In a new study published in the Proceedings of the National Academy of Sciences, researchers in the lab of Professor Aaron Wheeler (Chemistry, IBBME) have demonstrated a novel and non-invasive way to manipulate cells through microrobotics.
Cell manipulation — which requires moving small particles from one place to another — is an integral part of many scientific endeavours. One method of manipulating cells is through optoelectronic tweezers (OET), which use various light patterns to directly interact with the object of interest.
Because of this direct interaction, there are limitations to the force that can be applied and speed in which the cellular material can be manipulated. This is where the use of microrobotics becomes useful.
Led by postdoctoral fellow Dr. Shuailong Zhang (Chemistry) and Wheeler, the researchers have designed microrobots (working at the sub-millimetre scale) that can be operated by OET for cell manipulation.
Instead of using light to directly interact with the cells, the light is used to steer cogwheel-shaped microrobots that can “scoop up” cell material, transport it and then deliver it. This manipulation can be done at greater speeds while causing less damage to the material compared to traditional OET methods.
“The ability of these light-driven microrobots to perform non-invasive and accurate control, isolation and analysis of cells in complex biological environment make them a very powerful tool,” says Zhang.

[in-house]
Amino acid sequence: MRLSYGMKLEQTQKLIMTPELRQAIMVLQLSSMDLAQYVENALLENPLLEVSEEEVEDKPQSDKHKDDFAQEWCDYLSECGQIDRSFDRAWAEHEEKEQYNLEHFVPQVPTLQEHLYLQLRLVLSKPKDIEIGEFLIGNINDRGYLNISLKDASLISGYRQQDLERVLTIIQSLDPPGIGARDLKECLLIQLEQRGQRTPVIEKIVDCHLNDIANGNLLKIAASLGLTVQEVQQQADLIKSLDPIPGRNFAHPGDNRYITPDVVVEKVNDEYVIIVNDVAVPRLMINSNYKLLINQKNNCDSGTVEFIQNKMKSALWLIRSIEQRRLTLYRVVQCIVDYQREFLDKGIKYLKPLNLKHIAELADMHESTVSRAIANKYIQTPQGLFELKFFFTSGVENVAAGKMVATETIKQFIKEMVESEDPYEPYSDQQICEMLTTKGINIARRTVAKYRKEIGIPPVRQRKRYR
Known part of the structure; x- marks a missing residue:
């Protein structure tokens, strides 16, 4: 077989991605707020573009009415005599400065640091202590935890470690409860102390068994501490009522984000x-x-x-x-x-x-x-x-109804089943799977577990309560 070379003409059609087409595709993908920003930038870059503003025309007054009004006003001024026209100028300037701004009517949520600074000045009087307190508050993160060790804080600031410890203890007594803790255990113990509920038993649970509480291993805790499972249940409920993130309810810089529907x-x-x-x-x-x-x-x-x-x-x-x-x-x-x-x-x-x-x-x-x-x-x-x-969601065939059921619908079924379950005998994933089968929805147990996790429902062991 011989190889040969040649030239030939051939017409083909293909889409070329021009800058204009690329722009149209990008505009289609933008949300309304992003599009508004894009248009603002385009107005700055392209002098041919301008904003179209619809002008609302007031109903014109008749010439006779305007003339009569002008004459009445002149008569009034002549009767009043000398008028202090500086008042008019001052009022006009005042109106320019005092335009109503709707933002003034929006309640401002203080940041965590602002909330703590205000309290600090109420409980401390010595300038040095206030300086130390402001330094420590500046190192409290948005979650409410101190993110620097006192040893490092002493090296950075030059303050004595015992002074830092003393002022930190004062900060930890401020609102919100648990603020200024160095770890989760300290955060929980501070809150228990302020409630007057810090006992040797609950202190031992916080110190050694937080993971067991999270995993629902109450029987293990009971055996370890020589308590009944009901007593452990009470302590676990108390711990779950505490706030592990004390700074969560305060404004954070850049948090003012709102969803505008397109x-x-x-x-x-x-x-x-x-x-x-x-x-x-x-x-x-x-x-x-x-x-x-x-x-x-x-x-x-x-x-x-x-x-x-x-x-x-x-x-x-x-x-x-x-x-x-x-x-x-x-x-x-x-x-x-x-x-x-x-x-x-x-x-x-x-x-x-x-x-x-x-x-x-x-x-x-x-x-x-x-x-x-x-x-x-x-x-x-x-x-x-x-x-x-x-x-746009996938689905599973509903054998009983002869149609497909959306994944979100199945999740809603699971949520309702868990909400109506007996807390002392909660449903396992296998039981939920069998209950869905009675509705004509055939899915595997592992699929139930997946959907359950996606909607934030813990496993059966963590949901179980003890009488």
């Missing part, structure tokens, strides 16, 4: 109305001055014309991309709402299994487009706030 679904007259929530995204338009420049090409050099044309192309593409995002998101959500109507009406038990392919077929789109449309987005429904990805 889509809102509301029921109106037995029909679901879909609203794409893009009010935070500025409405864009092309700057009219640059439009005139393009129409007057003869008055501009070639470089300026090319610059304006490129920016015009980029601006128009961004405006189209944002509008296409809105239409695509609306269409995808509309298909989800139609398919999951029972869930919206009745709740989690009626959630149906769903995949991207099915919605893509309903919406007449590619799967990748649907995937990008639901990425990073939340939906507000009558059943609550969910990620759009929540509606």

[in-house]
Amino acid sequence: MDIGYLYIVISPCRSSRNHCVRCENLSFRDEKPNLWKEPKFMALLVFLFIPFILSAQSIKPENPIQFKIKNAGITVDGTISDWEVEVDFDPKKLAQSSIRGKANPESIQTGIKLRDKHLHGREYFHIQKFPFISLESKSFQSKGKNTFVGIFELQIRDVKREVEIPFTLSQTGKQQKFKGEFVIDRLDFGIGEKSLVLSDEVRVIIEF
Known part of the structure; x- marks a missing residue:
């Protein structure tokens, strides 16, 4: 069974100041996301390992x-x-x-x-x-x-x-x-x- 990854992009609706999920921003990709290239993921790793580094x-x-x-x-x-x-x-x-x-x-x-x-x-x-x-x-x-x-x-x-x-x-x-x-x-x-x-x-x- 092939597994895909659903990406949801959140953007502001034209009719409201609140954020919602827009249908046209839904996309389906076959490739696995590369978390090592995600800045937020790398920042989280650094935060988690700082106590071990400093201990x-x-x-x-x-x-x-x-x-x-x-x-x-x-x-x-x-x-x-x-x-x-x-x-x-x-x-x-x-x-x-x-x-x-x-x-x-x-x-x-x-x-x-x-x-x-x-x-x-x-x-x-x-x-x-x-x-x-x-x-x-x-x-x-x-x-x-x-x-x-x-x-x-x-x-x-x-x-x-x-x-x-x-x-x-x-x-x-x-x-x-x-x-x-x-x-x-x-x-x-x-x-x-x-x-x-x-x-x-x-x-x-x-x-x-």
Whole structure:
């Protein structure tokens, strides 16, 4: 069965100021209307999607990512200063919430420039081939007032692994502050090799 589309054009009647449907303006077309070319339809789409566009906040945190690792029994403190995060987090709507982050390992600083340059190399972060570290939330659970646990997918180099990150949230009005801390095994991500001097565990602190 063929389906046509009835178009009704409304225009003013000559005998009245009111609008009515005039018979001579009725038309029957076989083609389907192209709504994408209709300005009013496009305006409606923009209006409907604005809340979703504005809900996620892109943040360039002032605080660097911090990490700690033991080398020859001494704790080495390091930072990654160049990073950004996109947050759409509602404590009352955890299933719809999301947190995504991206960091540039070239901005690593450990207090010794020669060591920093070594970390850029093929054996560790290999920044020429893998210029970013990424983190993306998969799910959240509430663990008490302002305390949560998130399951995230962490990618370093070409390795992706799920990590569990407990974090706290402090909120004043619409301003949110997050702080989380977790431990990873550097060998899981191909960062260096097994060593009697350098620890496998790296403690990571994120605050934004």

“Traditional techniques that are used to manipulate single cells while evaluating them by microscopy is slow and tedious, requiring a lot of expertise to carry out,” says Wheeler, who is also cross-appointed to the Donnelly Centre for Cellular and Biomolecular Research.
“But these microrobots are inexpensive and very simple to use and they have a wide range of applications in the life sciences and beyond.”
In addition to cell analysis, the microrobots can also be used in cell sorting (for clonal expansion), RNA sequencing and cell-cell fusion (commonly used in the production of antibodies).
“Neural stem cells are responsive to a multitude of cues and environmental stimuli in their niche, and these change with injury, so teasing out the signals, and cell responses, is a huge challenge when we are trying to harness the potential of stem cells for neural repair,” says Professor Cindi Morshead (IBBME, Surgery), who is a co-author of the study. Her research in regenerative medicine works with neural stem cells that reside in the brain and spinal cord.
“These microrobots allow for the exquisite control of the cells and their microenvironment, tools that we will need to learn how best to activate the stem cells.”